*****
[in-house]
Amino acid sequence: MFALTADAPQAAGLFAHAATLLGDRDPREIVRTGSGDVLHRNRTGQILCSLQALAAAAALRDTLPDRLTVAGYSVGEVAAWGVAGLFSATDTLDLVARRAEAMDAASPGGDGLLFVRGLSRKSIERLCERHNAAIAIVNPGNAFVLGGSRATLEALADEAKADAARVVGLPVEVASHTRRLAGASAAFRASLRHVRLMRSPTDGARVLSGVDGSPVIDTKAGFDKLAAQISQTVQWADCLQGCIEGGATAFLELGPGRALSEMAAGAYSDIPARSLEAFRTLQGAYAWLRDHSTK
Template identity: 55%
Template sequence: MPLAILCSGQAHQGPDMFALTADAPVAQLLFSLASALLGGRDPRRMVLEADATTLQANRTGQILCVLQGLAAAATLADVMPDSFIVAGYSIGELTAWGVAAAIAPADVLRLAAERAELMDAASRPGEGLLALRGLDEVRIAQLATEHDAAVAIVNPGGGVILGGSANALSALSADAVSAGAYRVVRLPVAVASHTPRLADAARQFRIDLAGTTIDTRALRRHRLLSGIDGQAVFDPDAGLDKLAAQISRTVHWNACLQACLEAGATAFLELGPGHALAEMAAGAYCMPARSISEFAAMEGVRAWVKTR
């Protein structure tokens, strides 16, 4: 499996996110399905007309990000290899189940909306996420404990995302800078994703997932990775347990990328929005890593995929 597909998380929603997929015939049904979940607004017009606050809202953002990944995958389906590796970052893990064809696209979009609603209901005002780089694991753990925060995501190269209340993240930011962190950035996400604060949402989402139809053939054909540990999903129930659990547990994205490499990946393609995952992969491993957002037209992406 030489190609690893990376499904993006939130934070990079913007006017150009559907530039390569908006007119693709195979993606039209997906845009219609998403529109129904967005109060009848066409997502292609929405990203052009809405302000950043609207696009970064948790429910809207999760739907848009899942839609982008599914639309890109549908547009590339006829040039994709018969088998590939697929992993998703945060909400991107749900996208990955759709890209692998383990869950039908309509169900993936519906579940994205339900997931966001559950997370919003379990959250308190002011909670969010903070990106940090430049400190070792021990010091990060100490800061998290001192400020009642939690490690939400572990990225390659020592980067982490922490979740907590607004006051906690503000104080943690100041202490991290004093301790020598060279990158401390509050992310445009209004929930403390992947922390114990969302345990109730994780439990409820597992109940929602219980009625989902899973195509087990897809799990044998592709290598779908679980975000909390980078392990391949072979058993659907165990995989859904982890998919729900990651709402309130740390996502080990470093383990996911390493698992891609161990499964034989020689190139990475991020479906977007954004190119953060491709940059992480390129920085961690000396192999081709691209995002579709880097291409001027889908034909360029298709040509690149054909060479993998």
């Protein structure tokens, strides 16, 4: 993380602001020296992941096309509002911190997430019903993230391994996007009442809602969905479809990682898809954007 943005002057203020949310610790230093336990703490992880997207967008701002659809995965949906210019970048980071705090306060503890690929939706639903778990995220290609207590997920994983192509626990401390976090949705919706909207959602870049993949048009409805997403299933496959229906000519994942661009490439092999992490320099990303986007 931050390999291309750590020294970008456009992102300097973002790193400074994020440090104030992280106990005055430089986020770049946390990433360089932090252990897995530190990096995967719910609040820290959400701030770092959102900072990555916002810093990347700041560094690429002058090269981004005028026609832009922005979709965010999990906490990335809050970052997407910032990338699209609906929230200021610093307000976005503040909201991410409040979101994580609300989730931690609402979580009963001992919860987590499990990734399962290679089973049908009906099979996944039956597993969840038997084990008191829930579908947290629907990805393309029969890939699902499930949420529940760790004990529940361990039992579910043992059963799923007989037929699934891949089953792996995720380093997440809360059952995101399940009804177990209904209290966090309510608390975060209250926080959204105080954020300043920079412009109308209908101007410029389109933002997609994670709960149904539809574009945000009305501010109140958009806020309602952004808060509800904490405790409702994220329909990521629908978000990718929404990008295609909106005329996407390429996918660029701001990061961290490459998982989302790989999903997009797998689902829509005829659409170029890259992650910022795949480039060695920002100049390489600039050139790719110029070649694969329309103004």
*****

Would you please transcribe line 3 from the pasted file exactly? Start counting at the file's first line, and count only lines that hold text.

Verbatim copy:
Template identity: 55%